The number of bathrooms

You can include all complete bathrooms with a shower or bath, washbasin and toilet. Shower rooms (with shower and washbasin but no toilet) are not considered a “complete” bathroom. Similarly, rooms with only a toilet and a washbasin are classed as “separate toilets”.

The general rule in the holiday rental market is to have a full bathroom for every two bedrooms, plus an additional shower room.

Ideally, you should have one private bathroom per bedroom. This will help you get closer to the standards of high-end vacation rentals.

The layout and appearance of your chalet

Guests expect your chalet to be well presented, with a high level of comfort and quality. The outdoor facilities that are most attractive to guests vary according to individual tastes and preferences or the region.

The general condition of your property and renovations

Your property should be immaculate, with high-quality finishes and modern facilities.

It is important that your guests can move around your chalet as easily as possible. Small mishaps – a jammed window, a door that bangs, a boiler that needs to be reset before a shower – can damage your chalet’s image.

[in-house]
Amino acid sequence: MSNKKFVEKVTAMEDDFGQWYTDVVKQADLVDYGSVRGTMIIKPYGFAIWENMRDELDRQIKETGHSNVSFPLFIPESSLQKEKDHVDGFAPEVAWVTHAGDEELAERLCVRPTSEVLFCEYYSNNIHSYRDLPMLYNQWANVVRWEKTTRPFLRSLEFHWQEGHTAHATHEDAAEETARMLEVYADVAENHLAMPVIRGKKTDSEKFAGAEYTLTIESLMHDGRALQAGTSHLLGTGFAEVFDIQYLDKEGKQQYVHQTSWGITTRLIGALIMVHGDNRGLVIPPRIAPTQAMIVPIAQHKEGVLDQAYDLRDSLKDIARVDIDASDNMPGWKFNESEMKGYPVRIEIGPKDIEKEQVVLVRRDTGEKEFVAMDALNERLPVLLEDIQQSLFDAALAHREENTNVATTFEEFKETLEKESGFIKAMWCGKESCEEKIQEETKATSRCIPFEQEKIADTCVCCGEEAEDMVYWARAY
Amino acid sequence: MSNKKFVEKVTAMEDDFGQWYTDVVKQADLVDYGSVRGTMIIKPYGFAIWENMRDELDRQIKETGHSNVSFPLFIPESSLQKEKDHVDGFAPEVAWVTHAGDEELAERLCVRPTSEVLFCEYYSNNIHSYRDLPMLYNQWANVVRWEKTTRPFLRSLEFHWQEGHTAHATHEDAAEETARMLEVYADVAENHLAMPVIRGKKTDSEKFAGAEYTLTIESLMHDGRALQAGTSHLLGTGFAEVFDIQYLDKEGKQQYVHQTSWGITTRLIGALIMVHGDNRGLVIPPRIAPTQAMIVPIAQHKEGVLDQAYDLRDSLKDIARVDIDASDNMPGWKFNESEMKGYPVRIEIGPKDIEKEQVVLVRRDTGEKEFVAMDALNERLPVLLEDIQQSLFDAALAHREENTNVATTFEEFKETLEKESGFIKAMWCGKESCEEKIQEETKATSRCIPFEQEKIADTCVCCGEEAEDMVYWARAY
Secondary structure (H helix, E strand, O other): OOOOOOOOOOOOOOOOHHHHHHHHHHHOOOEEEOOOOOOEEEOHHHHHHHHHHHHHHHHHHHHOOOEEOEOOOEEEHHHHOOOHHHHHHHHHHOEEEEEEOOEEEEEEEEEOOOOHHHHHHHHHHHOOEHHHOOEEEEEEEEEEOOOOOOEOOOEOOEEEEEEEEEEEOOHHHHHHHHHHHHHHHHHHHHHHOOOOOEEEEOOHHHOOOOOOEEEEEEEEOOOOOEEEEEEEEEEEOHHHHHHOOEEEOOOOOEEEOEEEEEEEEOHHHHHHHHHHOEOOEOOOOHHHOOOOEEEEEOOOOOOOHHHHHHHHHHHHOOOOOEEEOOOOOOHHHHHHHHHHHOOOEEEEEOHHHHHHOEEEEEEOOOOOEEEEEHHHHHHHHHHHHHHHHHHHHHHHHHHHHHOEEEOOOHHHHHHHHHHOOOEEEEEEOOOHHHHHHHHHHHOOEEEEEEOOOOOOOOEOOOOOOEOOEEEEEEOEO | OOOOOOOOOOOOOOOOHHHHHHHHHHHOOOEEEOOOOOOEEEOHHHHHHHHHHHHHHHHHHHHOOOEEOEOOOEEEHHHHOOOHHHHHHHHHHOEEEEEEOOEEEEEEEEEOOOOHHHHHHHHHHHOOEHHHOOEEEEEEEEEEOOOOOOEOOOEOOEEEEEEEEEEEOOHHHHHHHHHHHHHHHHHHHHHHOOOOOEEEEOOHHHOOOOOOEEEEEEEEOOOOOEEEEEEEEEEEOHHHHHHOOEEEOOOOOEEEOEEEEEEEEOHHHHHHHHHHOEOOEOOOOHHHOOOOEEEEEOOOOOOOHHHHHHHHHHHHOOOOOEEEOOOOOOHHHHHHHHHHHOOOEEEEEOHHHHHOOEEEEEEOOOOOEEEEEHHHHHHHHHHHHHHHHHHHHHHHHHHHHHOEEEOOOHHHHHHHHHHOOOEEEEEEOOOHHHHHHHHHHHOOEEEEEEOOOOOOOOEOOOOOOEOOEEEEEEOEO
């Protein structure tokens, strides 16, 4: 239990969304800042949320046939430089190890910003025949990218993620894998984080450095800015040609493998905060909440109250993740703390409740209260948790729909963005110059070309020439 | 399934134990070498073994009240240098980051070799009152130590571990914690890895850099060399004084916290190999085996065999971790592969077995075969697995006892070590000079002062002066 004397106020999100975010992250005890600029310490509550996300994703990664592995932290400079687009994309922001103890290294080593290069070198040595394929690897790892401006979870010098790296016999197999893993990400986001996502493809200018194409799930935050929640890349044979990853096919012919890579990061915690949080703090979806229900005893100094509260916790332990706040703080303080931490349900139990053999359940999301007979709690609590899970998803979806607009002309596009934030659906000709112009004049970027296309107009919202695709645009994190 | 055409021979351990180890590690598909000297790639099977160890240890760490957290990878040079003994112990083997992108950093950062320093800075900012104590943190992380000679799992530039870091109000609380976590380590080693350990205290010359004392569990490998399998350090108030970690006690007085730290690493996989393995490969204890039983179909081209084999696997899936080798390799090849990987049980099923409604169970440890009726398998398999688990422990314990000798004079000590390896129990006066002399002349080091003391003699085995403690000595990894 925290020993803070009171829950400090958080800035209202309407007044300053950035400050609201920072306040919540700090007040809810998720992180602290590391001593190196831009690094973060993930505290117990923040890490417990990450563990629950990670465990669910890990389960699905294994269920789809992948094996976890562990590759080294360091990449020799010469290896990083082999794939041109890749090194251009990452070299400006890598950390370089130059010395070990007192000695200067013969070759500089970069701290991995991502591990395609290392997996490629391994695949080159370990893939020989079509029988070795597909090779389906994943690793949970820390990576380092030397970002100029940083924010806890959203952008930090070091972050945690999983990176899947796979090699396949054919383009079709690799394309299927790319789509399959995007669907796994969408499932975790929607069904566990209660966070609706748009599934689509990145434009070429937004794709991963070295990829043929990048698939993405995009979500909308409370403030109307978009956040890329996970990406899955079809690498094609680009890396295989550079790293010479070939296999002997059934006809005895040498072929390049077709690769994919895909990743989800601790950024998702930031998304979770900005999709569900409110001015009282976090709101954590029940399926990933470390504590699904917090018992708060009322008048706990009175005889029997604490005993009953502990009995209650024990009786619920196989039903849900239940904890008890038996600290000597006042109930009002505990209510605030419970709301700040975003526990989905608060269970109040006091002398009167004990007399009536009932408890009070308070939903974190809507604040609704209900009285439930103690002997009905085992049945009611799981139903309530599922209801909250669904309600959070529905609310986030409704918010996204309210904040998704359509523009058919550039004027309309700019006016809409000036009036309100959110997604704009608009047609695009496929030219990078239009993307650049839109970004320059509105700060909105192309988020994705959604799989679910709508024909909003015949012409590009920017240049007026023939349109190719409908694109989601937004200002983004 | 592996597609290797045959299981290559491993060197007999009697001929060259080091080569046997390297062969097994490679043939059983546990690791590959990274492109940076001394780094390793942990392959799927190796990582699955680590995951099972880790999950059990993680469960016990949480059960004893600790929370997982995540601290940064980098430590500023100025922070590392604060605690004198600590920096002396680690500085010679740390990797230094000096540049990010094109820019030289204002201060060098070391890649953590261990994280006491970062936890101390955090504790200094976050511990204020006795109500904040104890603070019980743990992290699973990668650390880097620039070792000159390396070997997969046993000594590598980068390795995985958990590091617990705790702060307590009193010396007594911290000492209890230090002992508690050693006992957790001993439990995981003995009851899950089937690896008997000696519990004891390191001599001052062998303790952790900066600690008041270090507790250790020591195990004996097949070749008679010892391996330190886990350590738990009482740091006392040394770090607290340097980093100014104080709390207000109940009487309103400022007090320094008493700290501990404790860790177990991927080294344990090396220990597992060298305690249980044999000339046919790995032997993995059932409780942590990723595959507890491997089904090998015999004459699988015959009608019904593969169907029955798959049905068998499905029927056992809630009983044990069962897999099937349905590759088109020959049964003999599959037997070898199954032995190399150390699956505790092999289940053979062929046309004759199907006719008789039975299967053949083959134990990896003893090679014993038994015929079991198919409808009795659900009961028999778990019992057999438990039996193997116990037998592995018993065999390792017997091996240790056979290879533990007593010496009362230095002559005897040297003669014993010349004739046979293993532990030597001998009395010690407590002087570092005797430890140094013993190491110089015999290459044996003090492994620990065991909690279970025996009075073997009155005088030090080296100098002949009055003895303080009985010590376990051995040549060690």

It’s a good idea to refresh your property’s décor every three to five years. This might include minor updates (new bed linen, cushions and accessories) or more significant changes (replacing furniture or appliances).

Facilities

Holidaymakers are willing to pay a premium for superior facilities such as hot tubs, saunas, swimming pools, gyms, wellness studios and wine cellars. This is especially true if your chalet is located in a highly-competitive area.

However, no matter how impressive the equipment is, it will only add value if it is properly maintained and meets an existing demand.

A rustic-styled wine cellar with stone arch and a grape press at Chalet Cashmere Spirit in Manigod
This rustic wine cellar is a great example of an unusual facility at Cashmere Spirit, in Manigod

Outdoor areas

Holidaymakers are looking for tastefully-furnished outdoor relaxation areas with an unobstructed view of the mountains or the surrounding countryside.

Apart from aesthetics, think of social gatherings (for example a summer barbecue) and practicality (a trampoline for the children).

Your chalet’s star rating

The star rating defines the level of comfort and quality of your chalet. It ranges from 1 to 5 stars, with 5 stars representing the highest standard.

This certification provides a clear and objective assessment of the comfort level of your chalet, following strict criteria defined by the classification body.